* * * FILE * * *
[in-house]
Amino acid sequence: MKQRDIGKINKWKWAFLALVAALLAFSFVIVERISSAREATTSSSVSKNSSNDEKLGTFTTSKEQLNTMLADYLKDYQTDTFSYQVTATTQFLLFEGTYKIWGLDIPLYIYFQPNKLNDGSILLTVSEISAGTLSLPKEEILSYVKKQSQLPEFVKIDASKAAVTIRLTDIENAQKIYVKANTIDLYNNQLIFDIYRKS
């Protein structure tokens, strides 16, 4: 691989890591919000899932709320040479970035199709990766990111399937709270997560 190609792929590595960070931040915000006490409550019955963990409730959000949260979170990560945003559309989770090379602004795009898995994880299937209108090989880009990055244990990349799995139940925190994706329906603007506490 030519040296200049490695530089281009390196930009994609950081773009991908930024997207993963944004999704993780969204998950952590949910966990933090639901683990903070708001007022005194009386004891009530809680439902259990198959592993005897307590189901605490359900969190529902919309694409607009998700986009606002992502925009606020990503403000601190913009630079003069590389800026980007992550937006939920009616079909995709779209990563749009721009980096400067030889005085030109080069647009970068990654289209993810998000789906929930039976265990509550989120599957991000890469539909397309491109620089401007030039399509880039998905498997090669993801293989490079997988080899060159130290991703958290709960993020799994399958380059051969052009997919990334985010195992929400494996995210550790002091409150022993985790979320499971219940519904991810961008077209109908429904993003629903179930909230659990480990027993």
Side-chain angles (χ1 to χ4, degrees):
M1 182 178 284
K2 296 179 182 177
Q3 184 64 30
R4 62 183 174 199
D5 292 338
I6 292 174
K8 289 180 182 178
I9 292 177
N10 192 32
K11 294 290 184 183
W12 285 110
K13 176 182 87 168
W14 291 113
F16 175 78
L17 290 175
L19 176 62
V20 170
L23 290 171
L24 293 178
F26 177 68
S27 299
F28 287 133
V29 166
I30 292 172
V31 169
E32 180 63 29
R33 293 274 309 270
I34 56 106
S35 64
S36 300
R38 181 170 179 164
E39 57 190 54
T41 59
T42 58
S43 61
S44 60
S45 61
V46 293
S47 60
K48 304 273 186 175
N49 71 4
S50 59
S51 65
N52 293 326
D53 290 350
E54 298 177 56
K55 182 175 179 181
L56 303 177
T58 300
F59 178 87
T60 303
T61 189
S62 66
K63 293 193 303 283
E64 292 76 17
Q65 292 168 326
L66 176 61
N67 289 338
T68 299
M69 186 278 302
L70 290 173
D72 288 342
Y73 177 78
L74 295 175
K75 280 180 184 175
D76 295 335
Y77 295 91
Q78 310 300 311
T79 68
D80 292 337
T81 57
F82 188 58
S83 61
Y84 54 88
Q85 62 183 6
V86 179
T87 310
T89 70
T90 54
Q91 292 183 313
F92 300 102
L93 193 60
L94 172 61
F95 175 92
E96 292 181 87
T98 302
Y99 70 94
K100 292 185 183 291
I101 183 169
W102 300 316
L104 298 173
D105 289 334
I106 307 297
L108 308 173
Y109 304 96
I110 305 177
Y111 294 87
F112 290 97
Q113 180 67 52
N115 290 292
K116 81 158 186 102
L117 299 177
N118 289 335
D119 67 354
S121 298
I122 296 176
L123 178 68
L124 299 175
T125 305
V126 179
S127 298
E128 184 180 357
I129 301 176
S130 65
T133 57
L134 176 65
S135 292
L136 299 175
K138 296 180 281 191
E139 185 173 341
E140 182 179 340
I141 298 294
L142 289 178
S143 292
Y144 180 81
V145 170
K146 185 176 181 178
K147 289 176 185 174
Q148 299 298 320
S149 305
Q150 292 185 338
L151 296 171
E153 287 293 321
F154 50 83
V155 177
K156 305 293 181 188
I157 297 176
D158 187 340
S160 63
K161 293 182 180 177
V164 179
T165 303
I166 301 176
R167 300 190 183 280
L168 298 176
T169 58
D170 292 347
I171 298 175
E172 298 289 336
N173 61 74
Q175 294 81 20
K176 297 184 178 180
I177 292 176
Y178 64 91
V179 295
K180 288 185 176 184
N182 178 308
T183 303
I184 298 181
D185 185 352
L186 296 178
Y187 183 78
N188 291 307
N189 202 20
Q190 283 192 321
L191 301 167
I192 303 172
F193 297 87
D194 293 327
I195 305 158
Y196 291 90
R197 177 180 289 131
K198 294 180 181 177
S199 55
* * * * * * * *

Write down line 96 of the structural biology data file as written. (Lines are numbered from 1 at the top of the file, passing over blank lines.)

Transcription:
D105 289 334